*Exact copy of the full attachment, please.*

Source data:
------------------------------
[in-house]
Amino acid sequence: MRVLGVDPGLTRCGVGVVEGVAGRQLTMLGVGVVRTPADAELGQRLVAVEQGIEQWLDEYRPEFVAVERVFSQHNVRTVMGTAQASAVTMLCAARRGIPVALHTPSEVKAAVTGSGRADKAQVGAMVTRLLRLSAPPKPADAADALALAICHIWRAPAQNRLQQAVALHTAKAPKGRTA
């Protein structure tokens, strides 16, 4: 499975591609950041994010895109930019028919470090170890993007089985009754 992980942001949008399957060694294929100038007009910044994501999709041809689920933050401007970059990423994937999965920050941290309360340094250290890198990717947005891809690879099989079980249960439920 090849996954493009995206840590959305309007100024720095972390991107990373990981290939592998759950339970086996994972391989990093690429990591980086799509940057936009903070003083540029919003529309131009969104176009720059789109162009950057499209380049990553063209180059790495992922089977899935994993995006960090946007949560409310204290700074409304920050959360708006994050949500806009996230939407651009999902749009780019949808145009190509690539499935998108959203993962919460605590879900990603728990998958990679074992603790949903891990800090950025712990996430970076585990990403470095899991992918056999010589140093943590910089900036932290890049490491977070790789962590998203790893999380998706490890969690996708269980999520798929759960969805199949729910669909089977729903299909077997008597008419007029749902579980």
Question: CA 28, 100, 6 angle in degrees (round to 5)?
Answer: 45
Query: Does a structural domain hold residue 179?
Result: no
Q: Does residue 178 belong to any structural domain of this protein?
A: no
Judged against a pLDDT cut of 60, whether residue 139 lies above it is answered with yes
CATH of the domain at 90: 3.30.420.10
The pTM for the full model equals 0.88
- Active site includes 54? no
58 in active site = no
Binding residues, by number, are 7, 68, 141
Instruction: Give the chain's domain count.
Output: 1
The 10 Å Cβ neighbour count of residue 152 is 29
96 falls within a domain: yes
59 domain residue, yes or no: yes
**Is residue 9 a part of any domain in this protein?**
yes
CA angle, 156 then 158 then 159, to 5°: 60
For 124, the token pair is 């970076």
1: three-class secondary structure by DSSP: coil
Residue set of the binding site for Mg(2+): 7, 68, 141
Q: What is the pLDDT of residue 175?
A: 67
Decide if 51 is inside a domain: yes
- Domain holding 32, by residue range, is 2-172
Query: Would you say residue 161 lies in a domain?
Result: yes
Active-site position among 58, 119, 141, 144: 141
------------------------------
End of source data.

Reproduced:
[in-house]
Amino acid sequence: MRVLGVDPGLTRCGVGVVEGVAGRQLTMLGVGVVRTPADAELGQRLVAVEQGIEQWLDEYRPEFVAVERVFSQHNVRTVMGTAQASAVTMLCAARRGIPVALHTPSEVKAAVTGSGRADKAQVGAMVTRLLRLSAPPKPADAADALALAICHIWRAPAQNRLQQAVALHTAKAPKGRTA
């Protein structure tokens, strides 16, 4: 499975591609950041994010895109930019028919470090170890993007089985009754 992980942001949008399957060694294929100038007009910044994501999709041809689920933050401007970059990423994937999965920050941290309360340094250290890198990717947005891809690879099989079980249960439920 090849996954493009995206840590959305309007100024720095972390991107990373990981290939592998759950339970086996994972391989990093690429990591980086799509940057936009903070003083540029919003529309131009969104176009720059789109162009950057499209380049990553063209180059790495992922089977899935994993995006960090946007949560409310204290700074409304920050959360708006994050949500806009996230939407651009999902749009780019949808145009190509690539499935998108959203993962919460605590879900990603728990998958990679074992603790949903891990800090950025712990996430970076585990990403470095899991992918056999010589140093943590910089900036932290890049490491977070790789962590998203790893999380998706490890969690996708269980999520798929759960969805199949729910669909089977729903299909077997008597008419007029749902579980």
Question: CA 28, 100, 6 angle in degrees (round to 5)?
Answer: 45
Query: Does a structural domain hold residue 179?
Result: no
Q: Does residue 178 belong to any structural domain of this protein?
A: no
Judged against a pLDDT cut of 60, whether residue 139 lies above it is answered with yes
CATH of the domain at 90: 3.30.420.10
The pTM for the full model equals 0.88
- Active site includes 54? no
58 in active site = no
Binding residues, by number, are 7, 68, 141
Instruction: Give the chain's domain count.
Output: 1
The 10 Å Cβ neighbour count of residue 152 is 29
96 falls within a domain: yes
59 domain residue, yes or no: yes
**Is residue 9 a part of any domain in this protein?**
yes
CA angle, 156 then 158 then 159, to 5°: 60
For 124, the token pair is 């970076």
1: three-class secondary structure by DSSP: coil
Residue set of the binding site for Mg(2+): 7, 68, 141
Q: What is the pLDDT of residue 175?
A: 67
Decide if 51 is inside a domain: yes
- Domain holding 32, by residue range, is 2-172
Query: Would you say residue 161 lies in a domain?
Result: yes
Active-site position among 58, 119, 141, 144: 141